'Jeremy Corbyn's election as Labour leader is a symptom of the party's existential crisis not it's solution.' That was the conclusion I reached last summer following Corbyn's astonishing victory in the 2015 Labour leadership contest. The electorate's rejection of Ed Miliband's 'more of the same neo-liberalism' was followed by equally stark warning to Labour from its own members to change direction and outline clearly what it now stood for.
In the year since that vote Labour's crisis has worsened markedly. The Parliamentary Labour Party simply ignored the outcome of the leadership vote. Morale amongst Labour members deteriorated with each Parliamentary rebellion against Corbyn. The infamous 'chicken coup' organised by members of his Shadow Cabinet was designed to force him to resign. Instead it stiffened his resolve. And it has now produced this unprecedented second contest between Corbyn and Owen Smith the agent of the PLP faction that so despise him.
There is no shadow of doubt the contest will be poisonous nor that Corbyn will again emerge victorious. Some 600,000 Labour members are determined to deliver their verdict on the anti-democratic treachery of Smith, Angela Eagle and the rest of the PLP plotters.
The entire episode highlights the fundamental division in the Labour Party which was again laid bare when Andrew Marr interviewed Shadow Chancellor John McDonnell last weekend. Labour, Marr pointed out, has always been divided between those who see capitalism as a powerful, unopposable force they seek to manage in Government and those who see it as an exploitative and at times barbarous system which must be replaced by socialism. Corbyn is of course the first Labour leader to emerge from the latter camp.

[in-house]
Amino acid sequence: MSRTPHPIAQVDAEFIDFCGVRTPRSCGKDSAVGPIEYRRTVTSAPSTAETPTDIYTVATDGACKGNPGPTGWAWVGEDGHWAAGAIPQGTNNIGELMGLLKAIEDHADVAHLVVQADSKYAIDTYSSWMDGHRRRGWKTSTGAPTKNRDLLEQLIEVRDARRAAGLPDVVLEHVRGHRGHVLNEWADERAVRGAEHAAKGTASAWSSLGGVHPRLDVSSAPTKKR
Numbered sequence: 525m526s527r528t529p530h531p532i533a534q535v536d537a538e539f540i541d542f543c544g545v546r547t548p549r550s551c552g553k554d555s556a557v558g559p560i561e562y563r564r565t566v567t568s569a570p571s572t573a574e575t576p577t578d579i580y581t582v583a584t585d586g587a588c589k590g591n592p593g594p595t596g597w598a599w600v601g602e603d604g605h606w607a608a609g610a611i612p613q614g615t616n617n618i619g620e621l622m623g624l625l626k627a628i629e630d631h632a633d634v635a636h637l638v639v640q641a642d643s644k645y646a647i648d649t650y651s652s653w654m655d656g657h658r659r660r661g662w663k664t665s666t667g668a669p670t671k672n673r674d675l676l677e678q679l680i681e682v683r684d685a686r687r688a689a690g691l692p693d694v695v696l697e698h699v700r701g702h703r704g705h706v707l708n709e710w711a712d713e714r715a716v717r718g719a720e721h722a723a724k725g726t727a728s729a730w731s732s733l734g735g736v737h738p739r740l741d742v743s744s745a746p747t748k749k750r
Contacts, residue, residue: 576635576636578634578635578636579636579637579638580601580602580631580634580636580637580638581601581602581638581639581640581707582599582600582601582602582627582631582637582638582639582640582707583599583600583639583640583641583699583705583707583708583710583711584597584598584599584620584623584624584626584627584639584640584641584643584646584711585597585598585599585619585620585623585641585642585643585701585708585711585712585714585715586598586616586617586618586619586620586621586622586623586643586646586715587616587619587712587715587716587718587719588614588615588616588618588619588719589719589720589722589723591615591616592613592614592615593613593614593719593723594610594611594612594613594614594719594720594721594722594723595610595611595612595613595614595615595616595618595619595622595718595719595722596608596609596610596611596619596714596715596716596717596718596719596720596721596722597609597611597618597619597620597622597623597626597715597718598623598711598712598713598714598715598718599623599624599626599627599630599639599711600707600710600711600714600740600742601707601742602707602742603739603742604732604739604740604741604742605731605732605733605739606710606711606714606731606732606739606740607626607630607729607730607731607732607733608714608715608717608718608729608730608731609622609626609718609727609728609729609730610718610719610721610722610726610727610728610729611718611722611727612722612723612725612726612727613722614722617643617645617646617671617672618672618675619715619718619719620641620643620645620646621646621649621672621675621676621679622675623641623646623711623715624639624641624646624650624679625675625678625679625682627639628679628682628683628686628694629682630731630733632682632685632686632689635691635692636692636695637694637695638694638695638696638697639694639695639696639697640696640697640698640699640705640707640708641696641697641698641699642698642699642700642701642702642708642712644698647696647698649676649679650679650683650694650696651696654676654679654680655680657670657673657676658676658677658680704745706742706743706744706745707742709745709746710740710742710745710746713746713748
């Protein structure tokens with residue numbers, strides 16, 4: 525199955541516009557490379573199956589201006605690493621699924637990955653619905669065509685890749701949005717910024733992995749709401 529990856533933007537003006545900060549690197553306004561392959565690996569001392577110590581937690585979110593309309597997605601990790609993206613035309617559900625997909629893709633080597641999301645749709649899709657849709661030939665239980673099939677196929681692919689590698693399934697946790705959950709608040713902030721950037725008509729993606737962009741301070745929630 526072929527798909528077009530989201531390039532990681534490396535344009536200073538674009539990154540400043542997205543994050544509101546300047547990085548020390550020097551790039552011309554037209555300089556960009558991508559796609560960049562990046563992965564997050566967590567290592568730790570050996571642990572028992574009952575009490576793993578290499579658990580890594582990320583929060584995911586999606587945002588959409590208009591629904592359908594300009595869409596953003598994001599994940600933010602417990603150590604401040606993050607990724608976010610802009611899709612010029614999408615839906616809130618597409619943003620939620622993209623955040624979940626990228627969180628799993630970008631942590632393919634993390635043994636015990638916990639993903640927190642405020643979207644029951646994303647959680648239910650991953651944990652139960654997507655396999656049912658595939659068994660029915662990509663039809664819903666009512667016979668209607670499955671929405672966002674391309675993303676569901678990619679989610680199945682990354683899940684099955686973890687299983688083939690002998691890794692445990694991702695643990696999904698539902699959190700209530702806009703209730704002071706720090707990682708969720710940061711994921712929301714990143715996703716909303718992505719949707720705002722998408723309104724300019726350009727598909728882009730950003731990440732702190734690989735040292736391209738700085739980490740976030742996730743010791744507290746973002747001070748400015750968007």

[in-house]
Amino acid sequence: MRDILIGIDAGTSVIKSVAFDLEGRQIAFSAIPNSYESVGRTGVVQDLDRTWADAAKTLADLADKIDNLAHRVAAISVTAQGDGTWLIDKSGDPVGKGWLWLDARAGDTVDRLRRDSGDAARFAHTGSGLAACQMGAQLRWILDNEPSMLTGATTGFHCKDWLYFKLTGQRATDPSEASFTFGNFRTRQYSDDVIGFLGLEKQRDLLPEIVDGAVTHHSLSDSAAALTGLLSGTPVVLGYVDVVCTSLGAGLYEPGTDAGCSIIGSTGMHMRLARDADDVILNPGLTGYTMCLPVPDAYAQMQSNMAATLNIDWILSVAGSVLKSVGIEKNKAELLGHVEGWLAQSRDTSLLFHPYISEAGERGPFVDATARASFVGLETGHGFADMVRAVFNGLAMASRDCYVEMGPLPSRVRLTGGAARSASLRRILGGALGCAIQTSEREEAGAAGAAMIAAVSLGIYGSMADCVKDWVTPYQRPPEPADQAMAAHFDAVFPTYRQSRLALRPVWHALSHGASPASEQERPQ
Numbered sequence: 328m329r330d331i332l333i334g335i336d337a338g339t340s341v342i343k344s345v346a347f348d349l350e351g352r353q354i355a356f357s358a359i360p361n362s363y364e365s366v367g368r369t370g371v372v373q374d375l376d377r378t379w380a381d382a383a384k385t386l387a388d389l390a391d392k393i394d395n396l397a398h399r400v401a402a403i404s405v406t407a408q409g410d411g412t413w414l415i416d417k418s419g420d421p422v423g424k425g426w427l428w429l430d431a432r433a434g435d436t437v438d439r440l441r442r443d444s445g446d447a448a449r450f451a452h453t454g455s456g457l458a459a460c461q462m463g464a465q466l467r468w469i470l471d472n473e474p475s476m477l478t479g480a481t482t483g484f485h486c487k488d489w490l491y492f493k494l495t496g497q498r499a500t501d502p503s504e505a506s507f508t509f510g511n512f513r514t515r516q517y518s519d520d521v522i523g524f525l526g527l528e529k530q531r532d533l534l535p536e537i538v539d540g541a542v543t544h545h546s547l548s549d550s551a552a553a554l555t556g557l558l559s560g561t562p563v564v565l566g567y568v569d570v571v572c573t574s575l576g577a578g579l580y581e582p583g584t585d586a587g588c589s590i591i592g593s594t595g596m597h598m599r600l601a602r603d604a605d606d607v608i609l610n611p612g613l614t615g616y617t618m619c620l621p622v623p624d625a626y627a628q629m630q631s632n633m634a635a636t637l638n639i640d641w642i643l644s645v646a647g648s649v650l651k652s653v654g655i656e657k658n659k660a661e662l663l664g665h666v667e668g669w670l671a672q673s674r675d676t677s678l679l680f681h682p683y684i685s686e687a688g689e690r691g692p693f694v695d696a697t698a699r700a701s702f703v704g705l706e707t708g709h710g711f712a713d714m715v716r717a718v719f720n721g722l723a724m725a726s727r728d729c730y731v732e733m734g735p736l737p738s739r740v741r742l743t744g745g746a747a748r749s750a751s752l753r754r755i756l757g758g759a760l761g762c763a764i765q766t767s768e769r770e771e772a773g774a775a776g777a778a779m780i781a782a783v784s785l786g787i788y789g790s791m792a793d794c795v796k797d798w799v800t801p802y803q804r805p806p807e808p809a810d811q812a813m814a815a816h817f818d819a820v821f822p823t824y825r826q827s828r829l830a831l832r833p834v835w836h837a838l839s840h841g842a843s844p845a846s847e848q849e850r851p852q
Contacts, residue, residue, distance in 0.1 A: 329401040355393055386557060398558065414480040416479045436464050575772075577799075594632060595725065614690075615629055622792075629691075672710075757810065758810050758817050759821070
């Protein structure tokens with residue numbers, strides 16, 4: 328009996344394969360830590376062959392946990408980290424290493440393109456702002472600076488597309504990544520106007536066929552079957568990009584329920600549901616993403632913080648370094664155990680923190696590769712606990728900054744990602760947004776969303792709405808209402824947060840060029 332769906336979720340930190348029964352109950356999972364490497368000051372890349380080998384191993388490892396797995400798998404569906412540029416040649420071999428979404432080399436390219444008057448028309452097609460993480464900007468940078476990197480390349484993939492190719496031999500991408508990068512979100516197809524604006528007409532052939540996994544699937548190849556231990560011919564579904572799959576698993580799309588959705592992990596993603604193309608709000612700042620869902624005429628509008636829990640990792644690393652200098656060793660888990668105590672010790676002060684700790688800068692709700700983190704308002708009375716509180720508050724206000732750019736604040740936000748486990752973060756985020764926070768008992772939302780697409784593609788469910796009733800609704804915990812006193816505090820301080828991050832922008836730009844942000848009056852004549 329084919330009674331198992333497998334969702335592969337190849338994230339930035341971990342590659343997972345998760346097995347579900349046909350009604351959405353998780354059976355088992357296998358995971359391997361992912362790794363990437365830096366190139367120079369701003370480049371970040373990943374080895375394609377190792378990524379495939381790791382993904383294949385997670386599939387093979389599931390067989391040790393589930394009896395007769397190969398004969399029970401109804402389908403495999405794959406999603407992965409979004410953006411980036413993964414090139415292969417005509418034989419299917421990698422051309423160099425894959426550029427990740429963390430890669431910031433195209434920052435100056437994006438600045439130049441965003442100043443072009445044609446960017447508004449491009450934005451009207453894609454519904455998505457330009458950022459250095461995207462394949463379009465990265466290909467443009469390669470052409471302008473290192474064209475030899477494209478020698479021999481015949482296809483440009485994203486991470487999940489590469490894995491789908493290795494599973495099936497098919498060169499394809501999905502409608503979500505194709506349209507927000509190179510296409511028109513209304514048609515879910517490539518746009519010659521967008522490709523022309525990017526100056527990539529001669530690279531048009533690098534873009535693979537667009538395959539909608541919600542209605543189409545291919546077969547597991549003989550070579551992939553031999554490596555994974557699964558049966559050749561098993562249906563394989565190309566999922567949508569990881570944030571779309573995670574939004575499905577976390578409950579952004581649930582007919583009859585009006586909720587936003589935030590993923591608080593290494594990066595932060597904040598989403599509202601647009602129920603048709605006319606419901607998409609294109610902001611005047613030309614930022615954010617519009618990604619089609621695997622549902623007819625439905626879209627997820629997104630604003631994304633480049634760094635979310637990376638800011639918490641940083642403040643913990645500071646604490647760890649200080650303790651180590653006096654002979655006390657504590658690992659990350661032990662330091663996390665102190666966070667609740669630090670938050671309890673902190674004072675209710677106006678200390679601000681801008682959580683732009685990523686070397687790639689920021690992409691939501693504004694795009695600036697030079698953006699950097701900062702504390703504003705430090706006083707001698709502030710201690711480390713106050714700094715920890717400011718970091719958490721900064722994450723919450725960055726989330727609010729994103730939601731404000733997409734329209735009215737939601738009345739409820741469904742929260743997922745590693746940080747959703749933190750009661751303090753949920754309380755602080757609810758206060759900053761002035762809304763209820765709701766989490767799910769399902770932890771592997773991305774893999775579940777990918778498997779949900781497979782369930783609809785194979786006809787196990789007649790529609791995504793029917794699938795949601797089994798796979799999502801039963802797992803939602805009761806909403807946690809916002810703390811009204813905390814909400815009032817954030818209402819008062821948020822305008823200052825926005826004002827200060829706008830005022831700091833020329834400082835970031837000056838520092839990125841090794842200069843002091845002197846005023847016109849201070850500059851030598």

In the 100 years of its existence Labour has never in truth resolved this core conflict. In recent years it has become politically, economically and socially neo-liberal. Neil Kinnock, John Smith, Tony Blair, Gordon Brown and Miliband all brought it to this place. Their policies were unashamedly capitalist, pro-market and 'business friendly'. They made it clear they saw Labour as a parliamentary party that sought the acceptance of the UK establishment. Corbyn on the other hand is an outsider contemptuous of the British ruling classes who seeks to end their undemocratic and ruthless grip on power. He seeks to replace capitalism with a more efficient, fairer and more democratic political and economic system.
I agree with Jeremy Corbyn on many things, but not about Scottish independence. He does not see the progressive democratic case for self-determination. And he is also wrong in my view to foster illusions in Labour as a socialist party, even under his leadership. Nonetheless every democrat in Britain fervently hopes he wins again for those in the PLP faction who have stabbed him in the back so often and so publicly deserve to feel the wrath of party members.
But many question arise should he win a second time; above all what exactly has changed? Are his enemies in the PLP and beyond going to bury the hatchet and accept the will of the membership this time? Or are they more likely to leave and form a new party? Labour MP's fear Theresa May is about to call another General Election and most fear they will lose their seats. And they would rather lose on their own terms than under Corbyn's leadership.
There have, its true, been predictions of a Labour Party split many times over the years that came to nothing, but this time it seems unavoidable. If it does happen the implications for politics across these isles will be profound.